The most reliable diagnostic methods are ELISA and PCR. The essence of the enzyme-linked immunosorbent assay (ELISA) is to detect immune antibodies formed in the blood when they meet with Mycoplasma pneumoniae. The object of the study is the blood serum of a sick child. Various stages of the disease are characterized by the formation of specific antibodies. Thus, using the ELISA method, you can determine how long ago the infection occurred.

An even more accurate way to detect Mycoplasma pneumoniae is the polymerase chain reaction (PCR) method. The method detects the smallest particles of the pathogen DNA in a sample of biological material. For mycoplasmosis, a sputum sample is used for research. PCR diagnostics allows you to identify the causative agent of the disease even during the incubation period.

Treatment methods

It is recommended to treat a child with atypical forms of pneumonia in a hospital setting. First of all, antibiotic therapy is prescribed. The choice of the drug is due to the peculiarities of the structure and vital activity of the pathogen. Given the absence of a cell wall, M pneumoniae has a high degree of resistance to a number of antibiotics: penicillins, cephalosporins.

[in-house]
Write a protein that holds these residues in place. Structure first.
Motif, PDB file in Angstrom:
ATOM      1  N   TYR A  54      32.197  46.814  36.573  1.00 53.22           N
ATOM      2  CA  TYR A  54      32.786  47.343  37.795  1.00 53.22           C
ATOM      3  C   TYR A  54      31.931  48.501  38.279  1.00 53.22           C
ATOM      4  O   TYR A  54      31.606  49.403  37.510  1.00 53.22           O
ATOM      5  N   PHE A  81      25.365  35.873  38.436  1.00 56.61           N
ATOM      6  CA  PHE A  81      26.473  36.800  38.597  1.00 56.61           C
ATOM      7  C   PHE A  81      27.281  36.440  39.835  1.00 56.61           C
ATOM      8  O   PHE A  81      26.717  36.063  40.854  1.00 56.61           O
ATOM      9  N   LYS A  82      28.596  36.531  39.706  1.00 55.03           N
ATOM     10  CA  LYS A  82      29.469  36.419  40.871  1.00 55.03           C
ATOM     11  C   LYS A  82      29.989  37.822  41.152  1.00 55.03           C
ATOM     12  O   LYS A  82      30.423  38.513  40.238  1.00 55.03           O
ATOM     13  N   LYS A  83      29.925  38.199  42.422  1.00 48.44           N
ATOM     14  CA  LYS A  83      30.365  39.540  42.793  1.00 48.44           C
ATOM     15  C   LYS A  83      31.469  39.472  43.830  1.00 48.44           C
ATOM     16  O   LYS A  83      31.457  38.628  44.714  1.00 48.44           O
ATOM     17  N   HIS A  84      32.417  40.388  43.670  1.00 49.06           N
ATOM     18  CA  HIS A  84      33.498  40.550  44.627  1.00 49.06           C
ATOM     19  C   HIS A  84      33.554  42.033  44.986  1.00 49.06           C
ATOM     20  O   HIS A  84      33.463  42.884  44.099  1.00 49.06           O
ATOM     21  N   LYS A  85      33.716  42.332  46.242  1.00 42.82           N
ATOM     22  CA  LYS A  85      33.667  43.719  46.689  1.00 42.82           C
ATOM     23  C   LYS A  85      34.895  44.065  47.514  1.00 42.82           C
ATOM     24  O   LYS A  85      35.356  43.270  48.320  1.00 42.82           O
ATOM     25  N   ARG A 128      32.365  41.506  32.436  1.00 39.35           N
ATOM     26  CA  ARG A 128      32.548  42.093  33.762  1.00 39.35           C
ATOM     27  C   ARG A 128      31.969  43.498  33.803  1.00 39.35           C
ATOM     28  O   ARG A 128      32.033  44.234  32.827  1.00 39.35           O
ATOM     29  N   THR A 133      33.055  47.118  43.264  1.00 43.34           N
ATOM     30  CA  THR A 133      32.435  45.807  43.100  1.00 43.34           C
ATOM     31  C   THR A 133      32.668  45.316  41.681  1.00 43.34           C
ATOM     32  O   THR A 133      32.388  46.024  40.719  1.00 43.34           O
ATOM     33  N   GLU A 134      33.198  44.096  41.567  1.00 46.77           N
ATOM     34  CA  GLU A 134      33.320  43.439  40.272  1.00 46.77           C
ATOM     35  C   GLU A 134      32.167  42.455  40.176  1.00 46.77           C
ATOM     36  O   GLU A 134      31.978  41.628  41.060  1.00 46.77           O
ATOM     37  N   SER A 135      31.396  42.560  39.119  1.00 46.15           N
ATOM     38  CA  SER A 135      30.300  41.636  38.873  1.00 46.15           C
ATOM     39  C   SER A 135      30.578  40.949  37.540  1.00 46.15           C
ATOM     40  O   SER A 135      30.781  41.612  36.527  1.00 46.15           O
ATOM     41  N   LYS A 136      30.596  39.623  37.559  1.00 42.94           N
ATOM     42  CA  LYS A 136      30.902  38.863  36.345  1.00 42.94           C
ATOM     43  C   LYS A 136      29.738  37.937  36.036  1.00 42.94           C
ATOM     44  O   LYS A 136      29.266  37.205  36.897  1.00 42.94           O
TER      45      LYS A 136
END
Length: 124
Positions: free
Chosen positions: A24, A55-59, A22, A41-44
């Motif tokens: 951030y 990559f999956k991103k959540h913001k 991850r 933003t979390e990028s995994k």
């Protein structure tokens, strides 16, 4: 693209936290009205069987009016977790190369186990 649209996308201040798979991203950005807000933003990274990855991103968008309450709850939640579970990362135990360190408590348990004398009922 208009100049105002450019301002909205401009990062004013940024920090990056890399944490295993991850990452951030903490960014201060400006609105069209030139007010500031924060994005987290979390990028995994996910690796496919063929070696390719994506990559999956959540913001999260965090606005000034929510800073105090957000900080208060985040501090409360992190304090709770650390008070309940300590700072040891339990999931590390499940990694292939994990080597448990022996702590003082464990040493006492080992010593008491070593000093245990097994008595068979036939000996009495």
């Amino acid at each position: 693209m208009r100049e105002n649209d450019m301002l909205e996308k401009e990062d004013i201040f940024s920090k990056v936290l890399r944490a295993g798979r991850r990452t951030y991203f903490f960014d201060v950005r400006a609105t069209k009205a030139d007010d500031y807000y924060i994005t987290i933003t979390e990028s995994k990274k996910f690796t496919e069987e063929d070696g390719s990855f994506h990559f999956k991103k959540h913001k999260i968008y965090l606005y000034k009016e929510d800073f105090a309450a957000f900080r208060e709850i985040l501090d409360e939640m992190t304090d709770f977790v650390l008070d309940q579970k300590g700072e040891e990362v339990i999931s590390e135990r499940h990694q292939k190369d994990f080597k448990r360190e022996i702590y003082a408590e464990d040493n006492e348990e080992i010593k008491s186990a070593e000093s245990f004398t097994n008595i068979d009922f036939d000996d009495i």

The standards for the treatment of respiratory mycoplasmosis currently include the following groups of antibacterial drugs:

  • macrolides – allowed for use from birth;
  • fluoroquinolones – allowed from 5 years old;
  • tetracyclines – allowed from 8 years old.

All these drugs are able to penetrate into the cells affected by mycoplasma and, accumulating there, lead to the death of the pathogen. In modern pediatrics, macrolide drugs are most often used, since they have the least number of contraindications. If the child has an individual intolerance, the drug is replaced.

The dosage and duration of antibiotic therapy is determined by the attending physician, taking into account the age of the child, the severity of the course of the disease. In atypical forms of pneumonia, the duration of admission can be from 5 to 14 days.

To facilitate the well-being of a sick child, symptomatic therapy with analgesics, anti-inflammatory, vasoconstrictor, mucolytic, expectorant drugs is also used.

Preventive measures

Mycoplasmosis of the respiratory tract is one of the most common diseases among children under 5 years of age. Seasonal outbreaks of infection in public institutions for children often end in quarantine.

There are no specific measures for the prevention of mycoplasma infection. The vaccine has not yet been completed. To protect yourself and your child from infection, it is recommended to follow simple rules: 

  • observe personal hygiene;
  • wash your hands with soap and water;
  • treat the surfaces of furniture items and children’s toys with disinfectant solutions;
  • rinse the nose with saline solutions;
  • strengthen immunity by hardening, traditional medicine;
  • closely monitor the symptoms of acute respiratory infections in a child;
  • seek medical help in a timely manner.
event_note September 7, 2021